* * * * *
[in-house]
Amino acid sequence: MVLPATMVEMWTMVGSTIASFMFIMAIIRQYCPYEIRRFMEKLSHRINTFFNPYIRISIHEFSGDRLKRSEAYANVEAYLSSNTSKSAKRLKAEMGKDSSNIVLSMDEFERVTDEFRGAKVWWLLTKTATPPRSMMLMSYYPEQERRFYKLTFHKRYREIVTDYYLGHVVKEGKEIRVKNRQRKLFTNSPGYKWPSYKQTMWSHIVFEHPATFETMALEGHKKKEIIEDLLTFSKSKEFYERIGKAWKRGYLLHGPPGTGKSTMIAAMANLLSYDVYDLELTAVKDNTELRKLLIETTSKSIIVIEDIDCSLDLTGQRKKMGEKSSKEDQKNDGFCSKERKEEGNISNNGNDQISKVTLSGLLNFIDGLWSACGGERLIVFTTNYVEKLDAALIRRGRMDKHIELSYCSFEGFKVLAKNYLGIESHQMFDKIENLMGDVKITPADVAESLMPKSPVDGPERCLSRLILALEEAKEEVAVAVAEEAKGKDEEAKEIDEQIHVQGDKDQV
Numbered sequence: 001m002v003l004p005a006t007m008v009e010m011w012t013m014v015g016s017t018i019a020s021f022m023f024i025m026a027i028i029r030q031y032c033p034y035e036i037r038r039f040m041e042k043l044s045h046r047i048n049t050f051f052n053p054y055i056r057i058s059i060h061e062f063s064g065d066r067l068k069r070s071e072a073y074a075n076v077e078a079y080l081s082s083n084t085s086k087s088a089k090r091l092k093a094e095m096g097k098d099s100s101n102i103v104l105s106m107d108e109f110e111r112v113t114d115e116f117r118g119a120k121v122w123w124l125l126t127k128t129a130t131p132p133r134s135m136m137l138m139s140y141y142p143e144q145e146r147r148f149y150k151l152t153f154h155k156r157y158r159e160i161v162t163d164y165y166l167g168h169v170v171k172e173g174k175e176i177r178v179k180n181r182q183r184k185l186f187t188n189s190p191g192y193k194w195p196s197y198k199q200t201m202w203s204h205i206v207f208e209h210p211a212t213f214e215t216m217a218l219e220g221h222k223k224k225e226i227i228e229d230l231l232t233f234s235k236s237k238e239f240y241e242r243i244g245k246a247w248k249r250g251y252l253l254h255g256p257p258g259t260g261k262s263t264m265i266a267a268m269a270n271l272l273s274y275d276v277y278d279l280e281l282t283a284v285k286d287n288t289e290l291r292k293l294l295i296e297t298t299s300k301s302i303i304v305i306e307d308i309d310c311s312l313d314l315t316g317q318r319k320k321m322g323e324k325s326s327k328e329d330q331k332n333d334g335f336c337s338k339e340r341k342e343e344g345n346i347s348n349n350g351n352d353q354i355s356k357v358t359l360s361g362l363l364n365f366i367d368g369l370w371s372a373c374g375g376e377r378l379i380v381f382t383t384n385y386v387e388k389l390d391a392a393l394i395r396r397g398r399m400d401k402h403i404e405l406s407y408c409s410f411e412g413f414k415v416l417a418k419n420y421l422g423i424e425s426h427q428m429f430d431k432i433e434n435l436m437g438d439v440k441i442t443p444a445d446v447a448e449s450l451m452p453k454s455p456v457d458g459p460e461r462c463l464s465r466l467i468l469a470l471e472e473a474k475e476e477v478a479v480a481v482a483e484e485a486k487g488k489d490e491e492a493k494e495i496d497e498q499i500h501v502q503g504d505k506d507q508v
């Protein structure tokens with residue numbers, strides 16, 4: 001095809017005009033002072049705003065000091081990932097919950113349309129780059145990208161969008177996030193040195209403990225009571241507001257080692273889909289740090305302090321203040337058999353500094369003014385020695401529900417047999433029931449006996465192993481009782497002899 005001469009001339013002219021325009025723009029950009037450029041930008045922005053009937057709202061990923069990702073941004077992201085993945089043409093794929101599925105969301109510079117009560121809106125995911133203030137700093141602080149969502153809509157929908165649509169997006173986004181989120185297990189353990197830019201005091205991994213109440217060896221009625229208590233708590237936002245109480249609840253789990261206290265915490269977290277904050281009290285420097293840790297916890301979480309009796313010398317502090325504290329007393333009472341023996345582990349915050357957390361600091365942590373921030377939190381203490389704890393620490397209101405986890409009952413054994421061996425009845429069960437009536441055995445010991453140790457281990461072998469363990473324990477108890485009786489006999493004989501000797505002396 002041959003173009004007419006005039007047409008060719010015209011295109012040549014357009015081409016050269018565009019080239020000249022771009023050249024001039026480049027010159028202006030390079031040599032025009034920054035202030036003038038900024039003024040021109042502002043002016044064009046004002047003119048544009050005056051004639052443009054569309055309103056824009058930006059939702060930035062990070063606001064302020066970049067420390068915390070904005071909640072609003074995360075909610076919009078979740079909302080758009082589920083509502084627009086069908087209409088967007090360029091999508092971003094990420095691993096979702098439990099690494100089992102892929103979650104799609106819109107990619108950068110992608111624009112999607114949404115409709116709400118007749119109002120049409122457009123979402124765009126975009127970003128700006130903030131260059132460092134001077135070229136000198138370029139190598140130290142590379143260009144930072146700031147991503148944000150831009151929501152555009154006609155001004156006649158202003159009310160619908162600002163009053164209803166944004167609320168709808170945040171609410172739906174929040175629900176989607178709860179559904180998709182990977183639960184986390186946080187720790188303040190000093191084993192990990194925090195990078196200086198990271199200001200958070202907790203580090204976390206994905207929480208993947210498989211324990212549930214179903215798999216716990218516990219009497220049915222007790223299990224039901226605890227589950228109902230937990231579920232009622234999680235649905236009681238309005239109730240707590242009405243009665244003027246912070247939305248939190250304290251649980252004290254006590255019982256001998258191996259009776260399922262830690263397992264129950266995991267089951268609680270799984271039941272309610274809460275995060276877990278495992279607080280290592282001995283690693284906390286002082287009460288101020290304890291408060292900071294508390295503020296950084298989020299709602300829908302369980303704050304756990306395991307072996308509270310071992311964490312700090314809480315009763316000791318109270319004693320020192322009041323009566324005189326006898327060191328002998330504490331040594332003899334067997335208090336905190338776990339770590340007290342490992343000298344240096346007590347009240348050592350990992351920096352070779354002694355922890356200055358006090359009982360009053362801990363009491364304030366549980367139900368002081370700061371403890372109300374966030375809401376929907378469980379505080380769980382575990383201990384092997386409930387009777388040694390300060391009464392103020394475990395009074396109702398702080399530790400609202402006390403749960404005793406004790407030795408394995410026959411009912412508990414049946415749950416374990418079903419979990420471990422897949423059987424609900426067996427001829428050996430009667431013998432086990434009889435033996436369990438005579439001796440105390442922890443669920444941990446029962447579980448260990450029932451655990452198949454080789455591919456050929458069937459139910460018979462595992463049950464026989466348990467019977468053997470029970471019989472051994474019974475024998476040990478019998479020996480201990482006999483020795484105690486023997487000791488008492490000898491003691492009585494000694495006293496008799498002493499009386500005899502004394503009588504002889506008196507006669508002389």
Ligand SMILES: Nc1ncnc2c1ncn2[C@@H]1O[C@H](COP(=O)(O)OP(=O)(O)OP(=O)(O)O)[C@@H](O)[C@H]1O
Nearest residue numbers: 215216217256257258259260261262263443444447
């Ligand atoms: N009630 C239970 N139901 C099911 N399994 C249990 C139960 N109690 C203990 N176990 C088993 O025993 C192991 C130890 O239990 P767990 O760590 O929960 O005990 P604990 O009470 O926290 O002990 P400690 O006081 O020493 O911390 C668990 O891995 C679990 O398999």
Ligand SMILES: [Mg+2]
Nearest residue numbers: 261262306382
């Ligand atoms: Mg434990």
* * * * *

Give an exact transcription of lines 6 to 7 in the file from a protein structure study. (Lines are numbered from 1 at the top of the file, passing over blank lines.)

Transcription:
Nearest residue numbers: 215216217256257258259260261262263443444447
């Ligand atoms: N009630 C239970 N139901 C099911 N399994 C249990 C139960 N109690 C203990 N176990 C088993 O025993 C192991 C130890 O239990 P767990 O760590 O929960 O005990 P604990 O009470 O926290 O002990 P400690 O006081 O020493 O911390 C668990 O891995 C679990 O398999």